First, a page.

Karl Moore remembers the moment he fell out of favour with his boss.

He was working as a manager at IBM in Toronto when a new person joined his department. Up until then Moore had been part of his boss’s “favoured inside circle” — but suddenly everything changed. The transferred employee became his boss’s new right-hand person, the outcome of brutal office politics.

“Good news for the team but I was soon put on the bench,” said Moore, now a professor at McGill University’s Desautels Faculty of Management in Montreal, Canada. It certainly wasn’t a fun experience — and it definitely made his job harder, he said.

If your boss plays favourites — but you’re not one of them — is there anything you can do about it? And should you even care if you're never flavour of the month? After all, nobody likes a sycophant.

After about a year, once again the sun shone upon me.

Moore eventually made it back to being one of the favoured few. But it took some time waiting for “the new person’s halo to diminish a bit”. More importantly, Moore was able to change the tide after he delivered on a couple of key agenda items for his boss that were central to his success. “After about a year, once again the sun shone upon me,” he said. 

Falling out of favour for no good reason is a difficult turn to take. But, it doesn’t have to be permanent. Here’s what you can do.


Think about exactly what your boss needs to succeed and look good to his bosses. Find a way to help make it happen.

“One of the things that makes virtually all bosses smile on us is if we help them deliver on one of the top items on their agenda for the year,” said Moore. “If you can better understand your boss’s top three agenda items and help them achieve one of those, they will tend to nudge you toward the favourites category.”

Sometimes it can be as simple as asking about priorities and then helping to make sure that at least one of them comes to fruition, said Moore.

Boss as customer

For Andrew Wittman, a former marine, police officer, and federal agent, the solution is to change your perspective.

 It's important not to start feeling bad about yourself.

“No matter where you work or for whom, when you approach work from the perspective that says, ‘My boss is not my boss; he or she is my customer or client’, everything changes,” said Wittman, managing partner of South Carolina-based leadership consultancy Mental Toughness Training Center. “You’ll instantly have all the power and control. You are merely leasing your services to the company. They are your client and you give them great customer service.”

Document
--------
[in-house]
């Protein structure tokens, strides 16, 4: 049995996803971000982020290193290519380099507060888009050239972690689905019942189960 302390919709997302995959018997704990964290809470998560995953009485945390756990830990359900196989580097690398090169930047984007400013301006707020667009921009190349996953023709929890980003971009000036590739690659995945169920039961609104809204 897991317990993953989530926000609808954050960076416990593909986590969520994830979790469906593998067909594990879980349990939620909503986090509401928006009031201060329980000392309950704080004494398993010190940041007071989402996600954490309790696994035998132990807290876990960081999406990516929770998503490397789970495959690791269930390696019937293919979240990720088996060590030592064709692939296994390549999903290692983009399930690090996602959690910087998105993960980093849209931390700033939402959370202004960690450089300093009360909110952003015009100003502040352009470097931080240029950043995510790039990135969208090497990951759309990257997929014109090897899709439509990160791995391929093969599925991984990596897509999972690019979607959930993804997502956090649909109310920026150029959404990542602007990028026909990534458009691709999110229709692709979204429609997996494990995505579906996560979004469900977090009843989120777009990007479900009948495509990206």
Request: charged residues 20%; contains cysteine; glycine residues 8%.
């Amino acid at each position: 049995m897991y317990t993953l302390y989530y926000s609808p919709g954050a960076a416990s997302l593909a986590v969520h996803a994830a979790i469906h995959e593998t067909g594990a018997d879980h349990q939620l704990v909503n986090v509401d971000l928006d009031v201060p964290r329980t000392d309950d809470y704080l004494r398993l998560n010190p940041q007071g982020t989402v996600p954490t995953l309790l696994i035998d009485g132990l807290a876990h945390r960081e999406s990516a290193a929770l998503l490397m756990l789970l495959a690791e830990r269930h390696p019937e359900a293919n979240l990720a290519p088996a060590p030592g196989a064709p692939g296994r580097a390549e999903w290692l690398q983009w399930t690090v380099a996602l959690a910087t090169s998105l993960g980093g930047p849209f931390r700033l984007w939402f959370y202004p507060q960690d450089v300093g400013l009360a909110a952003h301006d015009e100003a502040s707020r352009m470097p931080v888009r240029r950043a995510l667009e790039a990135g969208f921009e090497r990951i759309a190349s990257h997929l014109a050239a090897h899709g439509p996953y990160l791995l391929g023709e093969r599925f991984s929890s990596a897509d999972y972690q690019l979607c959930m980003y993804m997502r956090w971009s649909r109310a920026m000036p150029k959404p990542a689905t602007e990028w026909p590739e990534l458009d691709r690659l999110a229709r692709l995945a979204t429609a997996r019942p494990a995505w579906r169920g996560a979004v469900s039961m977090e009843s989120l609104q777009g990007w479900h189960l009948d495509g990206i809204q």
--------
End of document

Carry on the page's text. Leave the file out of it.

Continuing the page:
It’s important not to start feeling bad about yourself — or letting the idea of not being a favourite take over your thoughts, said Wittman. Otherwise, that’s all you will think about and you’ll lose out on opportunities to get ahead.

“If you focus on making your boss a satisfied customer and making she or he look great to the higher ups, which will lead to being a ‘favourite’, your brain will sift through all the facts and data and confirm you are a favourite,” said Wittman. As a result, you’ll be less critical, be able to focus on solving problems more intently and act in ways that will naturally make the boss happy.

The inner circle

Just because your boss doesn’t seem to like you doesn’t automatically mean other people won’t.

If the crowd likes you, it can help sway the boss's opinion.

“Try to get in good with the people who are the boss's favourites,” said New York-based Vicky Oliver, author of Bad Bosses, Crazy Coworkers & Other Office Idiots. “Sometimes if a boss's pet raves about you, it can help ease the friction.”

And always strive to be a good team player. “If the crowd likes you, it can help sway the boss's opinion,” she said.

A fine line

Don’t go overboard fawning on your boss, thereby alienating yourself from your colleagues or making them resent you. For instance, if your boss tells a lame joke and you laugh louder than everyone else, that is just outright brown nosing, according to Oliver.

“But if you come in with a solution to a problem that no one else has considered, that is simply shining on your own merit,” she said. And, spread the love when you do: “If you laud others on the team for helping you arrive at a solution, that is bound to score points with the boss and with your teammates.”

Keep your options open

Rare these days is a boss — or subordinate — who sticks around for life. So, luckily you are unlikely to be wedded to this person for eternity.

You probably won’t like working for someone who plays favourites, even if you become the flavour of the month.  But don’t let yourself fall into a workplace pit of despair over it. Instead, continue working hard and behaving professionally and show that you care about the team, company, and clients.

“At the same time, you should be working your way into a different position where the boss is a better one and so you can focus more on being great at your job and growing toward your next promotion,” said Moore.

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